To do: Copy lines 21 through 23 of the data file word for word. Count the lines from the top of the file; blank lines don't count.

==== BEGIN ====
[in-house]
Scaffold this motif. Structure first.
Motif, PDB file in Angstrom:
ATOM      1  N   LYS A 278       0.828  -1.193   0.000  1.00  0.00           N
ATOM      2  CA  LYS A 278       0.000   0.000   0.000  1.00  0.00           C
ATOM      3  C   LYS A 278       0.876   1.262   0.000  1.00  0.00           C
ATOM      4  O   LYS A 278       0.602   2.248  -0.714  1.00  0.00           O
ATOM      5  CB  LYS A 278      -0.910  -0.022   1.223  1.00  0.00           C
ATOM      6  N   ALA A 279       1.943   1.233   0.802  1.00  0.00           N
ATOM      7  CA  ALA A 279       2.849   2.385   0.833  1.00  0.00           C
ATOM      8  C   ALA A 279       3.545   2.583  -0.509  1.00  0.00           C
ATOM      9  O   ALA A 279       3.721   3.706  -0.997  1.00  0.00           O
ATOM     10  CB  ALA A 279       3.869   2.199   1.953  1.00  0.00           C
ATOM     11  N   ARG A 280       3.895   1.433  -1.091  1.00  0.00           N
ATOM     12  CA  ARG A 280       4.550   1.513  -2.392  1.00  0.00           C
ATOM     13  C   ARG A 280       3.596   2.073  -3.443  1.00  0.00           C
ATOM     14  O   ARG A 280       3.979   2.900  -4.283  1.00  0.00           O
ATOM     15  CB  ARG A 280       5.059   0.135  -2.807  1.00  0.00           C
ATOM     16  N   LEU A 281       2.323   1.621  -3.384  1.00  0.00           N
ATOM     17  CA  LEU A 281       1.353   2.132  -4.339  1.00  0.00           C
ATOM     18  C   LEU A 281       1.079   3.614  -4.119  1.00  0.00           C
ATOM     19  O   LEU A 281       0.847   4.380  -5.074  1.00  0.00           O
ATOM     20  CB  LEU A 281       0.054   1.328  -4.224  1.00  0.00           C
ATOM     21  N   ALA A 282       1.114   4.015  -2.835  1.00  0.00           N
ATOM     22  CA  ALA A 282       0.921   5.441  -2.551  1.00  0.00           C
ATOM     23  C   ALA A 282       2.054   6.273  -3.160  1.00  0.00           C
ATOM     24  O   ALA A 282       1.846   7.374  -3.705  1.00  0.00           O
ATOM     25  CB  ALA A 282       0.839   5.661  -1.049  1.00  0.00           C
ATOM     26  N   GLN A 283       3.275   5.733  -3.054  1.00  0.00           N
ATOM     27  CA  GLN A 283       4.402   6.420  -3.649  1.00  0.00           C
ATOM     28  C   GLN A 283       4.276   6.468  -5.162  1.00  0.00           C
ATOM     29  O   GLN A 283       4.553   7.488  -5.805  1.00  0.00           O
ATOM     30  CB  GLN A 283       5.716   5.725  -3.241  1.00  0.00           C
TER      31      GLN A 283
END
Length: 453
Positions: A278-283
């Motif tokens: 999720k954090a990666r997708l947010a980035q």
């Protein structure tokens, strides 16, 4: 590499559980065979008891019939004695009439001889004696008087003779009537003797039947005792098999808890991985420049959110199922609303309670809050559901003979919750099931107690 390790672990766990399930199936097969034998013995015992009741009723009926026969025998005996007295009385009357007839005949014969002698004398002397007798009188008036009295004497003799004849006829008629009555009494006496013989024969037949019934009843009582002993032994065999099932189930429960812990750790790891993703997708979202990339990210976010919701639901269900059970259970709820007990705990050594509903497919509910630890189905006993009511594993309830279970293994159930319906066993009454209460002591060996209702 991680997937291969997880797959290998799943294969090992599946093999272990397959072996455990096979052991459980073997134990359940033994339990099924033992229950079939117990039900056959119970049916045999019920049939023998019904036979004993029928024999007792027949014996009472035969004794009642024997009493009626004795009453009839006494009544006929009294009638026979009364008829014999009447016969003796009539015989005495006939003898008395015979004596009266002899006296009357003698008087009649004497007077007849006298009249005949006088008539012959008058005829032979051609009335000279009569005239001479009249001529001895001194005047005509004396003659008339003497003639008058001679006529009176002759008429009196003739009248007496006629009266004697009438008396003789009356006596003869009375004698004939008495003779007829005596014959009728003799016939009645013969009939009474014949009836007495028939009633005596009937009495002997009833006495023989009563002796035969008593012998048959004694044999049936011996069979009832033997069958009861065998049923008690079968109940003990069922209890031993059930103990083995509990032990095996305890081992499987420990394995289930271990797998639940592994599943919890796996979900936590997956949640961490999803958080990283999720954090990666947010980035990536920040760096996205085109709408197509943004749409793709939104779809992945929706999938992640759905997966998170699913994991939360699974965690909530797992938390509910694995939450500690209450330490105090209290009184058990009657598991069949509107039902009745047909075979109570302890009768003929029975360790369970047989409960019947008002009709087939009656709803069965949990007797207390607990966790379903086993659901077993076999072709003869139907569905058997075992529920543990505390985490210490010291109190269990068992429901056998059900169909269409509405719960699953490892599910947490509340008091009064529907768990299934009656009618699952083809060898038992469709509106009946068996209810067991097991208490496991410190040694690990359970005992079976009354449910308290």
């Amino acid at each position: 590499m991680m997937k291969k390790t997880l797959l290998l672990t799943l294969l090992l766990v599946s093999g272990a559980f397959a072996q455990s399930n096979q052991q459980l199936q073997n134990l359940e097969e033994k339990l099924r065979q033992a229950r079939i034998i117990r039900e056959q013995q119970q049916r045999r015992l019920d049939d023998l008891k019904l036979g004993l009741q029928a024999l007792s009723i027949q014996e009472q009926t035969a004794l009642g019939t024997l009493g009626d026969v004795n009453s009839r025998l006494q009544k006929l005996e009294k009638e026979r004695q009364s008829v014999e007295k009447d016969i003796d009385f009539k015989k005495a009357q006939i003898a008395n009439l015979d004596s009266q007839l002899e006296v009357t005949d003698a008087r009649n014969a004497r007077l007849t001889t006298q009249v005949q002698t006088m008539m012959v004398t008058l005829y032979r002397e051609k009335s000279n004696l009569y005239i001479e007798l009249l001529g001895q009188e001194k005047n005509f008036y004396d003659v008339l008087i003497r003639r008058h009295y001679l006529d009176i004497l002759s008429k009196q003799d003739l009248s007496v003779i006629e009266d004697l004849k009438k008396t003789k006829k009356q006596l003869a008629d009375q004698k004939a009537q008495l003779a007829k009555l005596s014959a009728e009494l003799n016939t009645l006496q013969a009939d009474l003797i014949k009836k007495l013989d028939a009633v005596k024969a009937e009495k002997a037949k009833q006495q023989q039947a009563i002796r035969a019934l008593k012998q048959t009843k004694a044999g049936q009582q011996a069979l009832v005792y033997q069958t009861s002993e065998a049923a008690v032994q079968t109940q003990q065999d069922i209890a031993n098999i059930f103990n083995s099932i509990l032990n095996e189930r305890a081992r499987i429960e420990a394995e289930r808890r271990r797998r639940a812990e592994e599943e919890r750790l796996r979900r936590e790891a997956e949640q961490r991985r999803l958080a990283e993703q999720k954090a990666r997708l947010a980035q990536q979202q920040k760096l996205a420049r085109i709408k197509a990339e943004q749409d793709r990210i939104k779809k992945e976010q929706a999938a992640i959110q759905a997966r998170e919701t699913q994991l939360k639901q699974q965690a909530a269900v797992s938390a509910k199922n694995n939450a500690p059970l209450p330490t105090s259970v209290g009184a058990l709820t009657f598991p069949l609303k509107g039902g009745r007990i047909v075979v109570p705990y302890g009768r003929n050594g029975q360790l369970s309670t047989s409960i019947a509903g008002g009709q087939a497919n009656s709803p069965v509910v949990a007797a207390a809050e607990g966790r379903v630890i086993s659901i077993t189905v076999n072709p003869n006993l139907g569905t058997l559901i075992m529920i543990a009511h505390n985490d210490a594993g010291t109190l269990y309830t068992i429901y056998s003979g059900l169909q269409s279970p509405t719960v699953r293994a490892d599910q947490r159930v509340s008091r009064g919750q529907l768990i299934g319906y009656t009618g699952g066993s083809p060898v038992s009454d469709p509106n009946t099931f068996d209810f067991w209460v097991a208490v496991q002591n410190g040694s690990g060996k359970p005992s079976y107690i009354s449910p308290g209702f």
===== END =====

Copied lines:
ATOM     18  C   LEU A 281       1.079   3.614  -4.119  1.00  0.00           C
ATOM     19  O   LEU A 281       0.847   4.380  -5.074  1.00  0.00           O
ATOM     20  CB  LEU A 281       0.054   1.328  -4.224  1.00  0.00           C